As Eastman Business Park (EBP) continues to pump new life into the Rochester community by focusing on clean technology and alternative energy, the Genesee River – located just below its boundary – continues its own revival as a vital community resource.
Famed international environmentalist and photographer David Liittschwager assists with this revival of the river through the One Cubic Foot project made possible by the Seneca Park Zoo Society, the Lost Bird Project, and the Max and Marian Farash Charitable Foundation.
Throughout the summer, Liittschwager used a one cubic foot frame to record everything that moved in and out of the cube within the equivalent of a 24-hour period. From there, he used micro imaging to create stunningly beautiful portraits of the rich biodiversity that is thriving in this tiny little niche just beneath the water's surface.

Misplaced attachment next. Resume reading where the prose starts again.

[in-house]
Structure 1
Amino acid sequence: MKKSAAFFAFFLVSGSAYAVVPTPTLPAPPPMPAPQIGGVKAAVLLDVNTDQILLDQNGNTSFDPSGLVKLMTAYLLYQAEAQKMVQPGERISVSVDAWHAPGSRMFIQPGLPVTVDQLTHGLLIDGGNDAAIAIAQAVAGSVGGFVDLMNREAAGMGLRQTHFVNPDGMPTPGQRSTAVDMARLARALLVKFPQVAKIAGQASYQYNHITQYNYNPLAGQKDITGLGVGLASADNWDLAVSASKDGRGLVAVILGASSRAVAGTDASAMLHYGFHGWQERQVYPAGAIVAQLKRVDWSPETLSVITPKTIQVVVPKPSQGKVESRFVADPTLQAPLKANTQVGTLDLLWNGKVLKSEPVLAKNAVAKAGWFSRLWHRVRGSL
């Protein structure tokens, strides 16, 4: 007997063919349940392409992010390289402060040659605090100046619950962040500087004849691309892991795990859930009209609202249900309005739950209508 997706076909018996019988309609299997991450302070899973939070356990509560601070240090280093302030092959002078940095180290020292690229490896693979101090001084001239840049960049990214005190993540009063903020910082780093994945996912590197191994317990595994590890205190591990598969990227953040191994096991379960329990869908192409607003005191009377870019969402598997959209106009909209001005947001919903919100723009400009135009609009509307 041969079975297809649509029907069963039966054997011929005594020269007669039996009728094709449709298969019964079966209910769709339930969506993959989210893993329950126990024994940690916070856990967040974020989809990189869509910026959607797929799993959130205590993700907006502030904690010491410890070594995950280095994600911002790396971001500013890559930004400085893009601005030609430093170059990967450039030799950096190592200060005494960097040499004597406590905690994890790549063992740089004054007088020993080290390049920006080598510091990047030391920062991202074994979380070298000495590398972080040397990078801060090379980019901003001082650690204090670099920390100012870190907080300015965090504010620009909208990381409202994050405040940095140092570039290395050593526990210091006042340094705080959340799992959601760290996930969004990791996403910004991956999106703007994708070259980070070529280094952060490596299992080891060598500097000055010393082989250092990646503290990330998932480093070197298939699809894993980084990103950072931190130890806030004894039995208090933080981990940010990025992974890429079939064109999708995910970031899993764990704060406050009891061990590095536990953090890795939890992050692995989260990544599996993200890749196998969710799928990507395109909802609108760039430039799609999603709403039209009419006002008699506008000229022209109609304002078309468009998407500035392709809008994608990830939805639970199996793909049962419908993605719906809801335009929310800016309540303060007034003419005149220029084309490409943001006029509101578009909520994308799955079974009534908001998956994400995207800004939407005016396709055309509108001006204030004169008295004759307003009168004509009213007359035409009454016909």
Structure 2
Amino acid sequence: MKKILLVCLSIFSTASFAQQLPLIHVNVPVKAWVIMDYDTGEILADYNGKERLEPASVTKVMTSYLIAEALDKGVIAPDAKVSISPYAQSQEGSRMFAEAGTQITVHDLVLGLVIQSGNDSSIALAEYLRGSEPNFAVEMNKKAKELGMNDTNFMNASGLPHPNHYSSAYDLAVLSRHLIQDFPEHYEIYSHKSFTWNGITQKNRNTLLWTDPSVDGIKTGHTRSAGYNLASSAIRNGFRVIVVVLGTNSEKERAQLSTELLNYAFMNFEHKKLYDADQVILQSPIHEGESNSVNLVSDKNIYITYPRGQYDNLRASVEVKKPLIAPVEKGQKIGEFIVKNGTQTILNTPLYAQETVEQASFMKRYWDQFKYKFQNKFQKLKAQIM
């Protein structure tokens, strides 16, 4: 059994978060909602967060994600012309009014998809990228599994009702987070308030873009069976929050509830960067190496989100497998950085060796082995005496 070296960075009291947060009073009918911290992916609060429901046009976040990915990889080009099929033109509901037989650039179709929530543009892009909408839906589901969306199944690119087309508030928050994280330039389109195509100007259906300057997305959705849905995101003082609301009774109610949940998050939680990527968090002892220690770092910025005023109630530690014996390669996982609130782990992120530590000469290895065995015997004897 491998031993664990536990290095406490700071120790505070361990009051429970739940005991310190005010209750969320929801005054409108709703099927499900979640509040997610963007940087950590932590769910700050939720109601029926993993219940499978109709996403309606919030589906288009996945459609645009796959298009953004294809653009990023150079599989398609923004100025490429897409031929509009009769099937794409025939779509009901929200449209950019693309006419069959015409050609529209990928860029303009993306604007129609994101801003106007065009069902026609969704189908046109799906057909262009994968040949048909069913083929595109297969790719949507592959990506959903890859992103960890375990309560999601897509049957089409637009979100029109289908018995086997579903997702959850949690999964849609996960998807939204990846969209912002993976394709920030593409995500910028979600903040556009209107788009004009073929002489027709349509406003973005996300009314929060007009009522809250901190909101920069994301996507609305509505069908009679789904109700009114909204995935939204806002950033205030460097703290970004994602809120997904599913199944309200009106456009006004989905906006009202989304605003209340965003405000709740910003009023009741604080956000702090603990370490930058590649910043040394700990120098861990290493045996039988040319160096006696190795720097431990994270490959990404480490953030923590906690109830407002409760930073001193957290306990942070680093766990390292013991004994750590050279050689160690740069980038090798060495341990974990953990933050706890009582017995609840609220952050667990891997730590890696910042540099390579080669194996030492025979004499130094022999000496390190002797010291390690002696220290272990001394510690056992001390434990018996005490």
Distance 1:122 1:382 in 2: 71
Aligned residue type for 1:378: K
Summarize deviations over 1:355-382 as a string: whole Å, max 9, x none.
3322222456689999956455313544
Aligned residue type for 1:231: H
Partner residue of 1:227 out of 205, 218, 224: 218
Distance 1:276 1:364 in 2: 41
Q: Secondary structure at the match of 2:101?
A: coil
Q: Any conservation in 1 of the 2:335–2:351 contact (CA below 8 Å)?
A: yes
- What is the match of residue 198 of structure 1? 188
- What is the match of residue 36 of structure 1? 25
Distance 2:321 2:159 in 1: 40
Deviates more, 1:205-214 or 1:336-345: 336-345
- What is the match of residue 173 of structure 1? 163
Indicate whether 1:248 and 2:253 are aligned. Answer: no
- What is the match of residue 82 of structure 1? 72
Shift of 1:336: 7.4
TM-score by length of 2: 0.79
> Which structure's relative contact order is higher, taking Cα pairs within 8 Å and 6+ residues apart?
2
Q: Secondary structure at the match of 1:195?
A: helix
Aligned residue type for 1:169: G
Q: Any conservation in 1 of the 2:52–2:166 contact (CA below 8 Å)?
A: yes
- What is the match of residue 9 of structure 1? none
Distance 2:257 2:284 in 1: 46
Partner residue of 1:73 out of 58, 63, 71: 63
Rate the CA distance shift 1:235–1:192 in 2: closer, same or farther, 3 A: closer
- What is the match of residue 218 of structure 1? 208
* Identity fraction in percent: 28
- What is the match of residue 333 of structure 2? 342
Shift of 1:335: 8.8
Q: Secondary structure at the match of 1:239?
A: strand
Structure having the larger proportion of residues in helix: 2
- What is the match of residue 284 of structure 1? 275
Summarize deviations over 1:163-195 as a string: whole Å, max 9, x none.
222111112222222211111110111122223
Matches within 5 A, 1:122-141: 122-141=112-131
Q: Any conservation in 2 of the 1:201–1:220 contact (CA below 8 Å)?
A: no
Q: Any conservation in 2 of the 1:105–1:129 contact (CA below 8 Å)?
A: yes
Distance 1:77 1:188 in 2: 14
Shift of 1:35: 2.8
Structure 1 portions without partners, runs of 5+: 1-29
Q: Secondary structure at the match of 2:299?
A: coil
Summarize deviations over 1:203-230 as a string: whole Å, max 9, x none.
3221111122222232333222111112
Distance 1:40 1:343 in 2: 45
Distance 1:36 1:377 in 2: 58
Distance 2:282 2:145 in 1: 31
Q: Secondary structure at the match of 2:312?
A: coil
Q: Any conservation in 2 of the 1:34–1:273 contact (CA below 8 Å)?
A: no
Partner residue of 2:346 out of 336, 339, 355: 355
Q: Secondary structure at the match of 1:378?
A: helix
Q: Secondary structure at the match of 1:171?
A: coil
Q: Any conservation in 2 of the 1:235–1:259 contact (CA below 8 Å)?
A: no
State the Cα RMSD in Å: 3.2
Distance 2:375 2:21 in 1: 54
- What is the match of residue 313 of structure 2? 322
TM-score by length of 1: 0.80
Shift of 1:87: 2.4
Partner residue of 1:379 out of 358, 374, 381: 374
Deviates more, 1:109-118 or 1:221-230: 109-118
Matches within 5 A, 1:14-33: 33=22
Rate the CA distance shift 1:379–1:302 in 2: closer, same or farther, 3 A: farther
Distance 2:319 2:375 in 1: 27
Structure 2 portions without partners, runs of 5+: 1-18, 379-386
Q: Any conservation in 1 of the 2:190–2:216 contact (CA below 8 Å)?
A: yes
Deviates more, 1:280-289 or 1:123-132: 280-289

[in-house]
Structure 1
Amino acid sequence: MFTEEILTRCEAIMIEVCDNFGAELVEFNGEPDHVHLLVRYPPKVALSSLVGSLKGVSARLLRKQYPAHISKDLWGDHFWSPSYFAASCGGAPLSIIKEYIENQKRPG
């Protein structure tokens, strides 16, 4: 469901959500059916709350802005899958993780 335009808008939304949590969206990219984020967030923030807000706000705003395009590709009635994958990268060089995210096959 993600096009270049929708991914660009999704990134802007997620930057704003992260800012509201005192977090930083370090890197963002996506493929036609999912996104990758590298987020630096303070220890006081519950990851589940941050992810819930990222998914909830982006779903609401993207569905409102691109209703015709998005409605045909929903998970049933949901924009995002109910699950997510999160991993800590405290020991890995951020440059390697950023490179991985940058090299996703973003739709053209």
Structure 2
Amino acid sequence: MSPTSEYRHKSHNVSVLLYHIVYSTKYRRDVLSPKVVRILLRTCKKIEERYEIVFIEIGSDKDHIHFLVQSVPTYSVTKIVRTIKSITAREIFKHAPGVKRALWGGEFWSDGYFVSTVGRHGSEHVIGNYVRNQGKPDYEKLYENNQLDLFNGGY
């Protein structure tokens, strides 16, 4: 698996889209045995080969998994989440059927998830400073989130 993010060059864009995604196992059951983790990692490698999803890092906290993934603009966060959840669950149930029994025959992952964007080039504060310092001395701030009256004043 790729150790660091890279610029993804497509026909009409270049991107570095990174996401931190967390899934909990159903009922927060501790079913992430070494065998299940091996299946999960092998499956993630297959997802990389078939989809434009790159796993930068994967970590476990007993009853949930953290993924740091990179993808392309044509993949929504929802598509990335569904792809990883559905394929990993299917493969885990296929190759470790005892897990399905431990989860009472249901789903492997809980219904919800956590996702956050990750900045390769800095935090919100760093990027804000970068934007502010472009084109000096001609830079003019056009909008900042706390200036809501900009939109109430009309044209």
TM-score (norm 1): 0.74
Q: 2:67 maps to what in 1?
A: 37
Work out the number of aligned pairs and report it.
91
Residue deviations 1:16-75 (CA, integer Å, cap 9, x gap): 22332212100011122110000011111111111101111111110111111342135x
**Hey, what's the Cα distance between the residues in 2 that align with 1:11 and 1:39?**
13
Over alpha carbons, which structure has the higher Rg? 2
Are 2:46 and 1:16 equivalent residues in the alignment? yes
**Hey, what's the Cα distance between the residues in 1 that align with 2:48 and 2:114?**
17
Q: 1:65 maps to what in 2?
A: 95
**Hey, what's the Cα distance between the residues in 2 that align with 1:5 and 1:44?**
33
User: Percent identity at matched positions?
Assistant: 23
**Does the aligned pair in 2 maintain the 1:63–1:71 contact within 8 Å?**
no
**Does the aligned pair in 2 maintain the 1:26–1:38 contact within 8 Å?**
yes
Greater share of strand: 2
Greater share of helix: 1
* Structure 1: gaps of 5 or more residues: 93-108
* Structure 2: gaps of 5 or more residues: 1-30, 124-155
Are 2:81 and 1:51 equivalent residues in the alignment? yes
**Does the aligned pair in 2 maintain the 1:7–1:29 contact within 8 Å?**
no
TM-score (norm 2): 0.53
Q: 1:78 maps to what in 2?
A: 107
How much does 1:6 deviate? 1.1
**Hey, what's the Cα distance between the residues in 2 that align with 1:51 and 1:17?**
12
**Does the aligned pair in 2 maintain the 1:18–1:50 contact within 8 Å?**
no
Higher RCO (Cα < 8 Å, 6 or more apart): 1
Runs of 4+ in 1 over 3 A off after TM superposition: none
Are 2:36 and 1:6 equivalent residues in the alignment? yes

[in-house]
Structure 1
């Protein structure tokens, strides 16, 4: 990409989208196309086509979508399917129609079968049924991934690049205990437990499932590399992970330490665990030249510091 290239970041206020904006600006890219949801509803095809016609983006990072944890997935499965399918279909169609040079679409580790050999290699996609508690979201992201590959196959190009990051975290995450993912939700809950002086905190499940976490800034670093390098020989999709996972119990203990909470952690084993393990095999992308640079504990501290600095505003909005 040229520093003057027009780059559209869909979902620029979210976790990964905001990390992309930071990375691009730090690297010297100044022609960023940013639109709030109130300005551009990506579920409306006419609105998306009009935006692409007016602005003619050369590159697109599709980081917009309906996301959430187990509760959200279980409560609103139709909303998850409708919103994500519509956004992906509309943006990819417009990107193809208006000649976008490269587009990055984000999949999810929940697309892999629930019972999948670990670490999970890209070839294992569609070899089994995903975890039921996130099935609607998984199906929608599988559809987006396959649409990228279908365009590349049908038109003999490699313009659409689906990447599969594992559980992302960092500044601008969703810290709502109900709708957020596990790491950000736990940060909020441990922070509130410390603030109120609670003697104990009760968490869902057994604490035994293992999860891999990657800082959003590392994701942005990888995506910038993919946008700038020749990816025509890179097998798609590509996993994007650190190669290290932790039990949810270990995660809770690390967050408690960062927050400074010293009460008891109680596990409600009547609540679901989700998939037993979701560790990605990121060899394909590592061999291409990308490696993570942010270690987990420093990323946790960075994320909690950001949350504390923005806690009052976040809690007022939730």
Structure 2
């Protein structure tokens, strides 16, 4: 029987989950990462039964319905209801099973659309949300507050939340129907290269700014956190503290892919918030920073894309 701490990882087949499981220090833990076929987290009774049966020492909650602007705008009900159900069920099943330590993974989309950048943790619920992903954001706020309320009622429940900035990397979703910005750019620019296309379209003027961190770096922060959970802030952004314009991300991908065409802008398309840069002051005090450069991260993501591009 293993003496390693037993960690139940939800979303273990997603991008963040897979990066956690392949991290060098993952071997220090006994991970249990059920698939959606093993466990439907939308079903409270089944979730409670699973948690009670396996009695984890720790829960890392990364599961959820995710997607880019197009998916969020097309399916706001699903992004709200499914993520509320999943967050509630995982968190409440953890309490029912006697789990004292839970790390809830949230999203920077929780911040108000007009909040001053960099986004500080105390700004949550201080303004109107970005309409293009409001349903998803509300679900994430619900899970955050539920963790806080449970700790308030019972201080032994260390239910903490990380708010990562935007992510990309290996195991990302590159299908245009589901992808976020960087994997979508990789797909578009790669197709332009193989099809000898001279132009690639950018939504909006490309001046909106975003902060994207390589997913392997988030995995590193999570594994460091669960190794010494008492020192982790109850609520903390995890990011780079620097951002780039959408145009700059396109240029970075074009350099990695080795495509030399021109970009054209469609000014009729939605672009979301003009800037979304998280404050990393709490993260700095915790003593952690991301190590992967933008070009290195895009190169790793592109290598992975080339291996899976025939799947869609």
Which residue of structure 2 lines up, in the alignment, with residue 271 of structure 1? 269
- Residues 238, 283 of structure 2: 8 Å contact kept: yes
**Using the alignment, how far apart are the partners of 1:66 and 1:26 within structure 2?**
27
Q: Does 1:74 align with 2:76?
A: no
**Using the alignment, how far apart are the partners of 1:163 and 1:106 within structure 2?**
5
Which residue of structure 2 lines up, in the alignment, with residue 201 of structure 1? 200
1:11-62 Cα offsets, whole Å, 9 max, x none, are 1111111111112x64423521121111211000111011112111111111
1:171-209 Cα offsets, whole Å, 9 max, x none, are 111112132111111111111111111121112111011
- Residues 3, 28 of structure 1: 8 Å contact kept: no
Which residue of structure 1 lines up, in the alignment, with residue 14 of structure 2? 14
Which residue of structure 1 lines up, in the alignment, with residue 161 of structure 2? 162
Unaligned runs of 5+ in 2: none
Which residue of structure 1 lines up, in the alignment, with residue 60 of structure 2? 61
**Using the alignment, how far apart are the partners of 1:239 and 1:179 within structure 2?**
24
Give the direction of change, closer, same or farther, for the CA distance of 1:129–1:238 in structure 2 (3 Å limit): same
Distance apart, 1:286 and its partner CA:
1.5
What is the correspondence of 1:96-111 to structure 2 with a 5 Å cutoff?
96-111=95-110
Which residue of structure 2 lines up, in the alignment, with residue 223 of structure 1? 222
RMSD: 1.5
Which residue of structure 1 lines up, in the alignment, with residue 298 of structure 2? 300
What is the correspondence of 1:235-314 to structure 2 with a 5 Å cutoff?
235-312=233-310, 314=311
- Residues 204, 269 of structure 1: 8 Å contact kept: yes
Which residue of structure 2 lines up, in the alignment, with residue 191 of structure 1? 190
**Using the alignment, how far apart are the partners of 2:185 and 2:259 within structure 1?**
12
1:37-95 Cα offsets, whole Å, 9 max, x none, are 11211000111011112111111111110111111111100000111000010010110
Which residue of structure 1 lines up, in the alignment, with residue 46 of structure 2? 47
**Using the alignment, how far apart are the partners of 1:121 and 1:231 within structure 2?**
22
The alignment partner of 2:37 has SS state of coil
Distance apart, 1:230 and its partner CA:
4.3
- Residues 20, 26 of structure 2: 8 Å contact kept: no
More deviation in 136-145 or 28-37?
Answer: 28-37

Liittschwaager is certainly no stranger to the miniature ecological world that prospers in places like the Genesee River. He is the author of A World in One Cubic Foot: Portraits of Biodiversity and numerous other books including photography of endangered plants and animals; his work has even been featured in National Geographic magazine.
By documenting invaluable scientific information and baseline data regarding the plant and animal species now living in the Genesee River, One Cubic Foot will help heighten awareness of water quality and other environmental aspects of the river.
Revitalizing the river's health and preserving the diverse biological ecosystem are admirable endeavors that EBP and the Rochester community can rally around. Project partners also hope to reintroduce the American river otter and lake sturgeon that once flourished in the Genesee River.
See what the One Cubic Foot Team found in the Genesee via WHEC and the Democrat and Chronicle: